There is a widely acknowledged genetic component to body mass index (BMI) and obesity.
Scientists have found a strong association between BMI and variants of one gene, known as the fat mass and obesity associated (FTO) gene. Studies show these mutations are present in about 30% of European populations and are associated with a 1.75-kg (about 3.9 lbs.) increase in body weight.
Now, researchers at the University of Maryland School of Medicine in Baltimore have discovered that people with the gene mutation may be able to offset their increased risk for obesity through physical activity. Their study was published in yesterday’s edition of Archives of Internal Medicine, a medical journal for physicians.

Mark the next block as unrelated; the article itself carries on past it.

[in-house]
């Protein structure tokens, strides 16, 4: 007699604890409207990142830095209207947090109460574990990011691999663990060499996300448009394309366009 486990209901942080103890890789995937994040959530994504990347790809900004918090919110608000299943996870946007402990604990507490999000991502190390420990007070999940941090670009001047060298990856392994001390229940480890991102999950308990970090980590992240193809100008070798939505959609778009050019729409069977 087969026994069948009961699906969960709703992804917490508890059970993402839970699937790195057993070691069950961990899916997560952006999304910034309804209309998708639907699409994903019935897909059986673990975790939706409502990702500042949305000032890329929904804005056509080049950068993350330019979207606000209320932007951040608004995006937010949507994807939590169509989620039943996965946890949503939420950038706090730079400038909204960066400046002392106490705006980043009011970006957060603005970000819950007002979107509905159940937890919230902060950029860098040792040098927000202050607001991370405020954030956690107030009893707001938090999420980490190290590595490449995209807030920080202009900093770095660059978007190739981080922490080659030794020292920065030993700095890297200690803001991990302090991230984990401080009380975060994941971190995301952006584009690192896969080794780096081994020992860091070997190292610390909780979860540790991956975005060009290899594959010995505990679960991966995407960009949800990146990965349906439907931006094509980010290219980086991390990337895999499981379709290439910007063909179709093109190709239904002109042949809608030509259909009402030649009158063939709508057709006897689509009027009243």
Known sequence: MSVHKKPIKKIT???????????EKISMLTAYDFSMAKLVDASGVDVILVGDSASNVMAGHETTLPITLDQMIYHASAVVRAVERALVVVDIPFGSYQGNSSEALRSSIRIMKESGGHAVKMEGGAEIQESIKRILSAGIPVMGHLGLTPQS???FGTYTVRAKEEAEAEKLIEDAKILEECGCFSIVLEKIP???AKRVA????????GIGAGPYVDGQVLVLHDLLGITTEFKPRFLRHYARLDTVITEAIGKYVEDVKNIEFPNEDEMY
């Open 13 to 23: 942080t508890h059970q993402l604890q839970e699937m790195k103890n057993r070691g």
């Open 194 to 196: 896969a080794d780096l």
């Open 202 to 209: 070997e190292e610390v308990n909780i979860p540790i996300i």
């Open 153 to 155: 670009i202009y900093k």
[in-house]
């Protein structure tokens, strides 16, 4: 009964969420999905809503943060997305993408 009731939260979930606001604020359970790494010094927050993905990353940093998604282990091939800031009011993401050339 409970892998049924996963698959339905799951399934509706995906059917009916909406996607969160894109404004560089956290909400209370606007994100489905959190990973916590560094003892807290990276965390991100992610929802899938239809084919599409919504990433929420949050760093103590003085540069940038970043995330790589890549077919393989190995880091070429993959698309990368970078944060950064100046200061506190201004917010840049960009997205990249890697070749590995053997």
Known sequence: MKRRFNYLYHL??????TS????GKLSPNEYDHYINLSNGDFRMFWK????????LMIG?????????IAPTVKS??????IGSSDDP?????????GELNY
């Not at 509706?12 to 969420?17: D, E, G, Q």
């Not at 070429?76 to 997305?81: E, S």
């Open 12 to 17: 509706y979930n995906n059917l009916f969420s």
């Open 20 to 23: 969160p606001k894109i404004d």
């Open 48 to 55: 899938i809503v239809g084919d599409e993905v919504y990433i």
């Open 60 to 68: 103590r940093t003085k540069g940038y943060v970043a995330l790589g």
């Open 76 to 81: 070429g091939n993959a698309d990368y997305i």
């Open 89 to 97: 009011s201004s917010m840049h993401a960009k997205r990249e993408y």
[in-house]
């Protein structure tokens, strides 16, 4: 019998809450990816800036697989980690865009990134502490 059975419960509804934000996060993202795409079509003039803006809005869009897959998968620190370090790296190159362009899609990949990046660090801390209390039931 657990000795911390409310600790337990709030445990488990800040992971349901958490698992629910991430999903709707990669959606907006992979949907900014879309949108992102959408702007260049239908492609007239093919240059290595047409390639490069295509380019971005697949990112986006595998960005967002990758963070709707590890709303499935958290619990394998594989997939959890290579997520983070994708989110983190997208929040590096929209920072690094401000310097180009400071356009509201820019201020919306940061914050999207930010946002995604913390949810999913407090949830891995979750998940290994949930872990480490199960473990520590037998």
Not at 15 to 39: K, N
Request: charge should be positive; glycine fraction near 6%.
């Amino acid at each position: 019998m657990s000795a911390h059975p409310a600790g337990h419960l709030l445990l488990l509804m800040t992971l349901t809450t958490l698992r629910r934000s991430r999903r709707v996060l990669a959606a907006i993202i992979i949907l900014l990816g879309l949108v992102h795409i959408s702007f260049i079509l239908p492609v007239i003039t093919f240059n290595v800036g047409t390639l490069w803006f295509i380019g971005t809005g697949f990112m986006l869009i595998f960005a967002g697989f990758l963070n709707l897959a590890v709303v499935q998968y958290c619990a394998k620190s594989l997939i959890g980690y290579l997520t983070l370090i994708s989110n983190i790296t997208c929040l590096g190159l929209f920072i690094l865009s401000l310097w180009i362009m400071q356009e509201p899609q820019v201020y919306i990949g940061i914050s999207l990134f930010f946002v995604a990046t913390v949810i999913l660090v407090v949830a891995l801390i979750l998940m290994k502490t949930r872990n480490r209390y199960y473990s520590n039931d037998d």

“The weight increase resulting from the presence of these [mutations] is much smaller and not statistically significant in subjects who are very physically active,” the researchers write, which means lifestyle changes could ultimately prevent obesity in genetically susceptible individuals.